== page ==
Internet giants back contests for entrepreneurs; Obama reaches out to small-biz owners on LinkedIn; advice on raising investment funds; and more
Sponsored Contests for Entrepreneurs
Two Internet giants are waving sizable cash prizes in two very different contests. The Amazon (AMZN) Startup Challenge is definitely the easier one, requiring startups to propose a business based on Amazon Web Services—development tools for building secure online storefronts and scalable infrastructure. Amazon offers the winner $50,000 cash and $50,000 in services.
The Google-sponsored (GOOG) contest (BusinessWeek, 9/14/07) dangles a $20 million grand prize to the first private company that can safely land a robotic rover on the moon and beam back a gigabyte of images and video to earth by 2013.
What Entrepreneurs Want from a President
Senator Barack Obama (D-Ill.) recently invited entrepreneurs to answer the following question on LinkedIn: "How can the next president better help small business and entrepreneurs thrive?" The most popular suggestions: Make health care more accessible to entrepreneurs and their employees, resolve the immigration-reform impasse, simplify taxes, and reduce regulation. One respondent suggests: "Return all control of the schools to the local communities so we can train the next generation of entrepreneurs."
A Budding Investment Boom…
Venture capital valuations of small growing companies are on the rise by a factor of about three-fourths, according to a recent survey. The law firm Fenwick & West surveyed 126 San Francisco Bay Area technology and life-sciences companies and found that during the first half of 2007 their second-round valuations over the first round increased by about 75%. According to a Fenwick partner on the firm's Web site, "The increase was driven in part by 12 financings in which the purchase price of the stock sold in the financing was at least three times higher than the prior round. Of these financings, seven were in Web 2.0 and related fields."
…And Possible Danger
Some professional investors worry that initial valuations are rising into dangerous territory. On the company blog, a partner with Lightspeed Venture Partners recounts a recent financial-services startup: "Although I really liked the company, I didn't seriously pursue an investment. The reason is that the $1.5M was raised at a $30M valuation. The company was still very early-stage, with very limited usage and an unproven revenue model. Any sort of investment that we would have made would have been at a much lower valuation than $30 million."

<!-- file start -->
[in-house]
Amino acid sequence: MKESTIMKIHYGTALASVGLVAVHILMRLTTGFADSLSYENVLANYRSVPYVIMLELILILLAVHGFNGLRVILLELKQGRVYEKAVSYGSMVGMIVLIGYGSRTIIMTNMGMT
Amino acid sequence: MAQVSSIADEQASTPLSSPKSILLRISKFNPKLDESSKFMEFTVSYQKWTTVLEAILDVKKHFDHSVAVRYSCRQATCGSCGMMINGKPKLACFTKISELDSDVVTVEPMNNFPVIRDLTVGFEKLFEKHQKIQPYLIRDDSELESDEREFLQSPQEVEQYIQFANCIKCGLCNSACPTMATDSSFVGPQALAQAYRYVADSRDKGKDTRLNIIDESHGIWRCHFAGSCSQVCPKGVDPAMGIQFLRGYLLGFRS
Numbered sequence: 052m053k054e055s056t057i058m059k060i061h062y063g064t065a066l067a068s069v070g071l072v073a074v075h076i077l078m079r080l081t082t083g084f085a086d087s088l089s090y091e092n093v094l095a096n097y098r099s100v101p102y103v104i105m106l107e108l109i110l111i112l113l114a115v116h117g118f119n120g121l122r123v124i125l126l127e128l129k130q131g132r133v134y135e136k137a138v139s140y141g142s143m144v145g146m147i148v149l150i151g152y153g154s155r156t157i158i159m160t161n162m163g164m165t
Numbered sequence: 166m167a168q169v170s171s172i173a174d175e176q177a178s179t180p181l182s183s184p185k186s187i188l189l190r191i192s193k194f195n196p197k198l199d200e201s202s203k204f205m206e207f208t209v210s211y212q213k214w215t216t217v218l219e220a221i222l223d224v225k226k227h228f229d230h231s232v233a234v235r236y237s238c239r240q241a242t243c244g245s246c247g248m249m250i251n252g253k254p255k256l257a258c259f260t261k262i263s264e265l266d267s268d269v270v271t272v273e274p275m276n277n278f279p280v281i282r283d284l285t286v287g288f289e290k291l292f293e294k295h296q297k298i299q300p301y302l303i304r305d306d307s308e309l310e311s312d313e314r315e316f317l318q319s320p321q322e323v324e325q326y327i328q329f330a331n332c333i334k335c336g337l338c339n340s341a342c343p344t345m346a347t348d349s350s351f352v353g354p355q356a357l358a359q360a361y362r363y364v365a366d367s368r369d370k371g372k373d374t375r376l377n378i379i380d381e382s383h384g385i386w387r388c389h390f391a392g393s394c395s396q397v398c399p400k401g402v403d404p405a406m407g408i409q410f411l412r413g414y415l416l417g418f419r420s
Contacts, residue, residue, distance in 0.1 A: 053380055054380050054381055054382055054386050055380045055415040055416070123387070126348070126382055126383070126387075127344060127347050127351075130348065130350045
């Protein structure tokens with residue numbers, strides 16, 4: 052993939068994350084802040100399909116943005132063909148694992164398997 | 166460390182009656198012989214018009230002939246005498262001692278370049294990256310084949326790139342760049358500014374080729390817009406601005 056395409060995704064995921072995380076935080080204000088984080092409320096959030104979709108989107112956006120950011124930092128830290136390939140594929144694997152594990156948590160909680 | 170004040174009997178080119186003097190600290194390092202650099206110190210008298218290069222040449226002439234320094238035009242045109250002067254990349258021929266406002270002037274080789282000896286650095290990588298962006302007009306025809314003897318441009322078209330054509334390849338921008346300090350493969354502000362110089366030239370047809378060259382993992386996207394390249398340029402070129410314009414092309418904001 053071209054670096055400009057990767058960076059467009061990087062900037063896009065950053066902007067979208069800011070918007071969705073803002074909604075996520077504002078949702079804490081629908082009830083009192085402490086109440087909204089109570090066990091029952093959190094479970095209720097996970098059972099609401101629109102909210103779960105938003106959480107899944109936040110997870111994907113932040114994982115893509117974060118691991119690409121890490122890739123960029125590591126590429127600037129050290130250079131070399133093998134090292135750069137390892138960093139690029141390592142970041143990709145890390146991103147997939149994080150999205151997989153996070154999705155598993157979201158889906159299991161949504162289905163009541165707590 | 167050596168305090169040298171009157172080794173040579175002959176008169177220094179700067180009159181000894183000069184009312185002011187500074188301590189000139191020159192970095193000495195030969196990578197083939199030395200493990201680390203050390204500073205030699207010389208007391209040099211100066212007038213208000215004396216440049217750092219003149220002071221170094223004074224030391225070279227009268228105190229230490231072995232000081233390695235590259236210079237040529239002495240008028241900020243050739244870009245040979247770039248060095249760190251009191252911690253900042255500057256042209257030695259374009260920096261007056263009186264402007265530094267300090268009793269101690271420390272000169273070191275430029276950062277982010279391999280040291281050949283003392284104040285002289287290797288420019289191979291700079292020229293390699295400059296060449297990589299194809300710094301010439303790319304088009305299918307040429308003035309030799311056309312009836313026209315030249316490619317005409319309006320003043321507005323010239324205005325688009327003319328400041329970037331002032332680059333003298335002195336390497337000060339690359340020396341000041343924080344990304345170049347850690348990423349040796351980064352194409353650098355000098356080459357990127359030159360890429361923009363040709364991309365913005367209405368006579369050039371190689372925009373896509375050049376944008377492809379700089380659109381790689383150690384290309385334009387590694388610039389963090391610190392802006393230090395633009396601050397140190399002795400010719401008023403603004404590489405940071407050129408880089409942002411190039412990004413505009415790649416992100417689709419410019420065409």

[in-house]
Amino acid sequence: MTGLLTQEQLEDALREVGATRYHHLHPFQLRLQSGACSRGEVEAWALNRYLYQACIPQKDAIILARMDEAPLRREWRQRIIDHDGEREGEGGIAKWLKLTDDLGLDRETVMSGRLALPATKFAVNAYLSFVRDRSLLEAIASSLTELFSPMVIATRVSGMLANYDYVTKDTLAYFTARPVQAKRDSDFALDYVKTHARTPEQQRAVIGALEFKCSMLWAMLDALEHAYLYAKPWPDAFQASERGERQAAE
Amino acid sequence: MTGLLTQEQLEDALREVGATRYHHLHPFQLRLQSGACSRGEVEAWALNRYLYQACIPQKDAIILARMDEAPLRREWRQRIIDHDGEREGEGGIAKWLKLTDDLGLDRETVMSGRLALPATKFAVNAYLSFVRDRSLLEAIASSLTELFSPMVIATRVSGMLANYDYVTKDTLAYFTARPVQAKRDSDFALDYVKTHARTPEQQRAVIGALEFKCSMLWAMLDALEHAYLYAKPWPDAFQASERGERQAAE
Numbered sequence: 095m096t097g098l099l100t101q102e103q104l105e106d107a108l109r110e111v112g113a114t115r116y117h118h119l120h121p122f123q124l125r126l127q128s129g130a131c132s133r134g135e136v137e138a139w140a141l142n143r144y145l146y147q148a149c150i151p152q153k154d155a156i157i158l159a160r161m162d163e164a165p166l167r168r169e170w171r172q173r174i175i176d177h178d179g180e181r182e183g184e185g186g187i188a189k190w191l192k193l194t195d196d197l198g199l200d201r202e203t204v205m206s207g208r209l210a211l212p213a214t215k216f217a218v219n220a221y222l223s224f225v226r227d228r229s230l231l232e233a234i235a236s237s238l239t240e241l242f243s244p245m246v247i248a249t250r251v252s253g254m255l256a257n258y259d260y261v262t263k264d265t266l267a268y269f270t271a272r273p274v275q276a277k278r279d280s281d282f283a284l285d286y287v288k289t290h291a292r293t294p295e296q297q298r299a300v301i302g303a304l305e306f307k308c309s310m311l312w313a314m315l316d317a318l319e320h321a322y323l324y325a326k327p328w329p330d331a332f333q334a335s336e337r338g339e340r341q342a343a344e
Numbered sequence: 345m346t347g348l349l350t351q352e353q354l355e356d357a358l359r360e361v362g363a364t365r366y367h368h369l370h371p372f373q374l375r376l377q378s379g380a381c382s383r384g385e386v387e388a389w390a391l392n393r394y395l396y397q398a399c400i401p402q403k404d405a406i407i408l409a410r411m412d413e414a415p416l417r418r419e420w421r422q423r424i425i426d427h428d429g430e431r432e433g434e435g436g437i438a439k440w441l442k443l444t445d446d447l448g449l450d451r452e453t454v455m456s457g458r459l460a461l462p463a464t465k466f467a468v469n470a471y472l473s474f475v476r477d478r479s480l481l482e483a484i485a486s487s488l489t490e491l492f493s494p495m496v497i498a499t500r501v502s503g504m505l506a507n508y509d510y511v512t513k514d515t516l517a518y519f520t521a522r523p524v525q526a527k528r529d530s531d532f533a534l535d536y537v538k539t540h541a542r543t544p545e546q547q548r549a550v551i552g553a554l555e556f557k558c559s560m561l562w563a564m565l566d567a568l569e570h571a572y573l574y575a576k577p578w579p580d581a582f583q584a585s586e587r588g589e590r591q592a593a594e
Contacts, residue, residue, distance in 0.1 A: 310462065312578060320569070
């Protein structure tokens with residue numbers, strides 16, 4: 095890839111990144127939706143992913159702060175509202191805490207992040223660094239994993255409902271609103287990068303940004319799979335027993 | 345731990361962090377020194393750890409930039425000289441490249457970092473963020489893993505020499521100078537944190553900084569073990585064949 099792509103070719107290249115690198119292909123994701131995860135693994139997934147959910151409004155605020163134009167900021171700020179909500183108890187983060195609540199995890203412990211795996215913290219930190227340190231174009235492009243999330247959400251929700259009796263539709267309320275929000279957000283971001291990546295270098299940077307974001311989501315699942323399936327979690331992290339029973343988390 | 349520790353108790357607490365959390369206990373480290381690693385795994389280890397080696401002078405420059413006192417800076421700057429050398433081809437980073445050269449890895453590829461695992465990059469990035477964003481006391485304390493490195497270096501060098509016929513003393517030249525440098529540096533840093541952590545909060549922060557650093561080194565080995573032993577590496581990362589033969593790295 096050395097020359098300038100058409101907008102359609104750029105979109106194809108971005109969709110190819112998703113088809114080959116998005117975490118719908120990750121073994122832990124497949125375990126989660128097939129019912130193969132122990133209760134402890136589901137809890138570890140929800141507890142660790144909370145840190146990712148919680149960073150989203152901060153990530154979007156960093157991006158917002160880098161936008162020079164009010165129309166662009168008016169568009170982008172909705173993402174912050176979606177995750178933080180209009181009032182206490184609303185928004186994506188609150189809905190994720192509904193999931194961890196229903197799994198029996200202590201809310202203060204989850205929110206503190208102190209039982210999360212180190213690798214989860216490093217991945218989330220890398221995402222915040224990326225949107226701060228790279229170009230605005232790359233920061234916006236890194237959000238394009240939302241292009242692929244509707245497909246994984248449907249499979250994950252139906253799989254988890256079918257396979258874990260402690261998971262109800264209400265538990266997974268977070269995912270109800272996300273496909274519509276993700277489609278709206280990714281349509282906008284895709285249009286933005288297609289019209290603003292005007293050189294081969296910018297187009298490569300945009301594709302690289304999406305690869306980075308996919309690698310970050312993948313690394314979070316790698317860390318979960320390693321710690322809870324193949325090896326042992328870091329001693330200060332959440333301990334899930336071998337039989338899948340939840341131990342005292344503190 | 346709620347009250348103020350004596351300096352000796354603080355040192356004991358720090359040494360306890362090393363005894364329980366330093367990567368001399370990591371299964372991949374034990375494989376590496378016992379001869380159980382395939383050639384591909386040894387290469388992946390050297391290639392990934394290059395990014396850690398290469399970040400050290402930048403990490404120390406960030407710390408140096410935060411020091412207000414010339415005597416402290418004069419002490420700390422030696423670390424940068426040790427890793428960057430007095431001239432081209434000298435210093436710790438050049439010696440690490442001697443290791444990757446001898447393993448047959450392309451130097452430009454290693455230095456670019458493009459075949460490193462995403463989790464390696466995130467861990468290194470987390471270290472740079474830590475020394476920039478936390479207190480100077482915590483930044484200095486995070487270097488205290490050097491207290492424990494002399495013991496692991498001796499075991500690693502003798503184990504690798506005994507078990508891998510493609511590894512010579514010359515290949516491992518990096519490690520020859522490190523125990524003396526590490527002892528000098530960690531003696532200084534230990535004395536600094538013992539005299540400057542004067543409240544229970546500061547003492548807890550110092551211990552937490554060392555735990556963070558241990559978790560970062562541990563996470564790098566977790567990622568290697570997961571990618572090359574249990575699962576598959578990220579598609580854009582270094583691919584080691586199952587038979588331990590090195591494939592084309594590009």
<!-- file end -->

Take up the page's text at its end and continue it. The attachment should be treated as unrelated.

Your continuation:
This partner's big fear? That the odds increased for a future "down round"—where financing comes in at terms worse than the previous round—or worse yet, no future financing at all. "When valuations creep up and are based more on future potential than past performance, more pressure is put on the company to hit its potential and justify its valuation. If things don't go to plan, when the company next needs to raise money it may not be able to justify its past valuation at all."
Three Realities of Raising Investment Funds
Despite rising valuations for some businesses, most startups seeking investment money will need to confront these three realities, in my experience (BusinessWeek, 2/24/03):
The earlier in your business' life you raise money, the more of the company you'll have to give up. Conversely, the longer you can wait, and prove the business concept, the more the terms will improve.
The earlier in a business' life you raise money, the less likely investors are going to want to apply investment funds to paying founders' salaries. The reason: Investors want entrepreneurs to "have skin in the game" via reduced salaries or a sizable investment of their own.
The closer the startup is to actually making sales, the better the investment terms are likely to be. Investors don't like to fund ideas, but rather real businesses with real sales.